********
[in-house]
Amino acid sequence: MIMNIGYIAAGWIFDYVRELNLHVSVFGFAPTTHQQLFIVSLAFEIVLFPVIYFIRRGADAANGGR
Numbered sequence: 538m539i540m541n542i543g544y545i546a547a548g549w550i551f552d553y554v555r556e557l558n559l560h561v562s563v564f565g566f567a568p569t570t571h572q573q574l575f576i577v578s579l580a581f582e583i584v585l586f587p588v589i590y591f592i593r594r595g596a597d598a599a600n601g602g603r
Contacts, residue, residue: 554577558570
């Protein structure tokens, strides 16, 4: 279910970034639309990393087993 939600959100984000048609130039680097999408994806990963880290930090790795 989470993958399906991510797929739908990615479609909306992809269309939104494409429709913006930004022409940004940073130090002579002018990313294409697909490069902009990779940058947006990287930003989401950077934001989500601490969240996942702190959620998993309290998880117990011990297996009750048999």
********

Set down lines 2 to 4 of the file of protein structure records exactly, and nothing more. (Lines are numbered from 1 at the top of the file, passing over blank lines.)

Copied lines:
Amino acid sequence: MIMNIGYIAAGWIFDYVRELNLHVSVFGFAPTTHQQLFIVSLAFEIVLFPVIYFIRRGADAANGGR
Numbered sequence: 538m539i540m541n542i543g544y545i546a547a548g549w550i551f552d553y554v555r556e557l558n559l560h561v562s563v564f565g566f567a568p569t570t571h572q573q574l575f576i577v578s579l580a581f582e583i584v585l586f587p588v589i590y591f592i593r594r595g596a597d598a599a600n601g602g603r
Contacts, residue, residue: 554577558570